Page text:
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Introduction

A set of basic dynamic string macros for C programs are included with uthash in utstring.h. To use these in your own C program, just copy utstring.h into your source directory and use it in your programs.

#include "utstring.h"

The dynamic string supports operations such as inserting data, concatenation, getting the length and content, substring search, and clear. It’s ok to put binary data into a utstring too. The string operations are listed below.

Some utstring operations are implemented as functions rather than macros.

Download

To download the utstring.h header file, follow the links on https://github.com/troydhanson/uthash to clone uthash or get a zip file, then look in the src/ sub-directory.

BSD licensed

This software is made available under the revised BSD license. It is free and open source.

Platforms

The utstring macros have been tested on:

  • Linux,

  • Windows, using Visual Studio 2008 and Visual Studio 2010

Usage

Declaration

The dynamic string itself has the data type UT_string. It is declared like,

UT_string *str;

New and free

The next step is to create the string using utstring_new. Later when you’re done with it, utstring_free will free it and all its content.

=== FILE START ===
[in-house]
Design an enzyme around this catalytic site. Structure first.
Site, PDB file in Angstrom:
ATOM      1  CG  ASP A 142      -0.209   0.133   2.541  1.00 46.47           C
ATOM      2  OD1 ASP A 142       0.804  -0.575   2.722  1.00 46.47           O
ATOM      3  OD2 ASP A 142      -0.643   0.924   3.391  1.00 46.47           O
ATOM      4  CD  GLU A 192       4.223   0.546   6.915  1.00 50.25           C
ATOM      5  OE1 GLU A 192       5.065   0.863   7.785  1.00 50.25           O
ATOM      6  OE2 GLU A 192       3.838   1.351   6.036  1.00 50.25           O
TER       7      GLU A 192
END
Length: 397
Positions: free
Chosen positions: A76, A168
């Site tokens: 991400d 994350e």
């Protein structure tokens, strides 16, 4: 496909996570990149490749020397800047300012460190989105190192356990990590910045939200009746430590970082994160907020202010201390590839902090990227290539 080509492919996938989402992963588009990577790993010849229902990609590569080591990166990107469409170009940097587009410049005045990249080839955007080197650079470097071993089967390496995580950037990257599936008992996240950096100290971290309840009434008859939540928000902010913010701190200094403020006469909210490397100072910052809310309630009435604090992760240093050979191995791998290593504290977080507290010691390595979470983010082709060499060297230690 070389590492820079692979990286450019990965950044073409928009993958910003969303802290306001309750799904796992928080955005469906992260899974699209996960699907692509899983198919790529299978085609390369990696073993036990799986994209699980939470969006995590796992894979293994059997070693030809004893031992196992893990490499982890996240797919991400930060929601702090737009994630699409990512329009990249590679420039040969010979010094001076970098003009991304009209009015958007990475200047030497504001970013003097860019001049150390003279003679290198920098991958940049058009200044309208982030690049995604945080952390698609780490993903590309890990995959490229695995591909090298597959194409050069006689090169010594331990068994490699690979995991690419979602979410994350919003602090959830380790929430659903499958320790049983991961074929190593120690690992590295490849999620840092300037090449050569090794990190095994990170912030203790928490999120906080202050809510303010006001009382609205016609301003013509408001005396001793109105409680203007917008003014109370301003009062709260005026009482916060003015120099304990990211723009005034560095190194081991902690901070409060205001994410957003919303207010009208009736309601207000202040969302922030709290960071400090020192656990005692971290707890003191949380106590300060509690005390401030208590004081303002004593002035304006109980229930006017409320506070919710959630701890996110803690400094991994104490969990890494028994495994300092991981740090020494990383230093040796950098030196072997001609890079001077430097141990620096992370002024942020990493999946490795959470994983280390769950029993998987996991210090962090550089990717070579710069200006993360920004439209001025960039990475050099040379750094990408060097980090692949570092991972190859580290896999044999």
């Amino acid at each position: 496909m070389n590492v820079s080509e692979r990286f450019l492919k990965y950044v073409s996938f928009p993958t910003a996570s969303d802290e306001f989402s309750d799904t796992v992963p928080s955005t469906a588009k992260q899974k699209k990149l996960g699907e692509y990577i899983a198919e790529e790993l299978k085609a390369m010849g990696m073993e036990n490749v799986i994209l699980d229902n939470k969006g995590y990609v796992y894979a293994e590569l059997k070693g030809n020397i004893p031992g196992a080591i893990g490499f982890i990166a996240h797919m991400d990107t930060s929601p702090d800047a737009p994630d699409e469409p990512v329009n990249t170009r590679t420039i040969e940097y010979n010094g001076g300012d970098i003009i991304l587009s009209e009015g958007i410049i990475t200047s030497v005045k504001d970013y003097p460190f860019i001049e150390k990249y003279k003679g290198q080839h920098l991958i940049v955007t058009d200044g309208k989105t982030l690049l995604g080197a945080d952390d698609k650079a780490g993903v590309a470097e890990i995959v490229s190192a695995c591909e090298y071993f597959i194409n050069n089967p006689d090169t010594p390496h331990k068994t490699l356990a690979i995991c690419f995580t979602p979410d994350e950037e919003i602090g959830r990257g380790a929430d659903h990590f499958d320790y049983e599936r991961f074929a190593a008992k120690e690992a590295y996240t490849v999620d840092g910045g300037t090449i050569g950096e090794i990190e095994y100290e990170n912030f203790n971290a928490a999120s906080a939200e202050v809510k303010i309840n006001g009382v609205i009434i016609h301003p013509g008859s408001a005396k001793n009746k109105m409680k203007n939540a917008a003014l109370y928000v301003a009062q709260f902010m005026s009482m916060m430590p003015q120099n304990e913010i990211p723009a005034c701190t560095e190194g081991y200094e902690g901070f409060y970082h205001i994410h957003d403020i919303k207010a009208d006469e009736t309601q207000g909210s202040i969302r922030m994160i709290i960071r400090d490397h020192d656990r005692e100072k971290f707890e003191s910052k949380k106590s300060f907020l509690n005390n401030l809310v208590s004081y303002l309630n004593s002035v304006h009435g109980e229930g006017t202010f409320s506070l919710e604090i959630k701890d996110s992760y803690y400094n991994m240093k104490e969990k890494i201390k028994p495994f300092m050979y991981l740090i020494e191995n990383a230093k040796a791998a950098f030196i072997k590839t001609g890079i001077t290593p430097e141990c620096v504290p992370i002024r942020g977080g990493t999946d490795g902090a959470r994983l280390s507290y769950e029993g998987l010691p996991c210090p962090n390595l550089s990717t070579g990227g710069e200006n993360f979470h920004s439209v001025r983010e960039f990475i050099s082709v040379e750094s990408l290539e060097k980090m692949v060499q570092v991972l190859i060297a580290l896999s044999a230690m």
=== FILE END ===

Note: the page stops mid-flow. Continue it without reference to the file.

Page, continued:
Manipulation

The utstring_printf or utstring_bincpy operations insert (copy) data into the string. To concatenate one utstring to another, use utstring_concat. To clear the content of the string, use utstring_clear. The length of the string is available from utstring_len, and its content from utstring_body. This evaluates to a char*. The buffer it points to is always null-terminated. So, it can be used directly with external functions that expect a string. This automatic null terminator is not counted in the length of the string.

Samples

These examples show how to use utstring.

Sample 1
#include <stdio.h>
#include "utstring.h"

int main() {
    UT_string *s;

    utstring_new(s);
    utstring_printf(s, "hello world!" );
    printf("%s\n", utstring_body(s));

    utstring_free(s);
    return 0;
}

The next example demonstrates that utstring_printf appends to the string. It also shows concatenation.

Sample 2
#include <stdio.h>
#include "utstring.h"

int main() {
    UT_string *s, *t;

    utstring_new(s);
    utstring_new(t);

    utstring_printf(s, "hello " );
    utstring_printf(s, "world " );

    utstring_printf(t, "hi " );
    utstring_printf(t, "there " );

    utstring_concat(s, t);
    printf("length: %u\n", utstring_len(s));
    printf("%s\n", utstring_body(s));

    utstring_free(s);
    utstring_free(t);
    return 0;
}

The next example shows how binary data can be inserted into the string. It also clears the string and prints new data into it.

Sample 3
#include <stdio.h>
#include "utstring.h"

int main() {
    UT_string *s;
    char binary[] = "\xff\xff";

    utstring_new(s);
    utstring_bincpy(s, binary, sizeof(binary));
    printf("length is %u\n", utstring_len(s));

    utstring_clear(s);
    utstring_printf(s,"number %d", 10);
    printf("%s\n", utstring_body(s));

    utstring_free(s);
    return 0;
}

Reference

These are the utstring operations.

Operations

utstring_new(s)

allocate a new utstring

utstring_renew(s)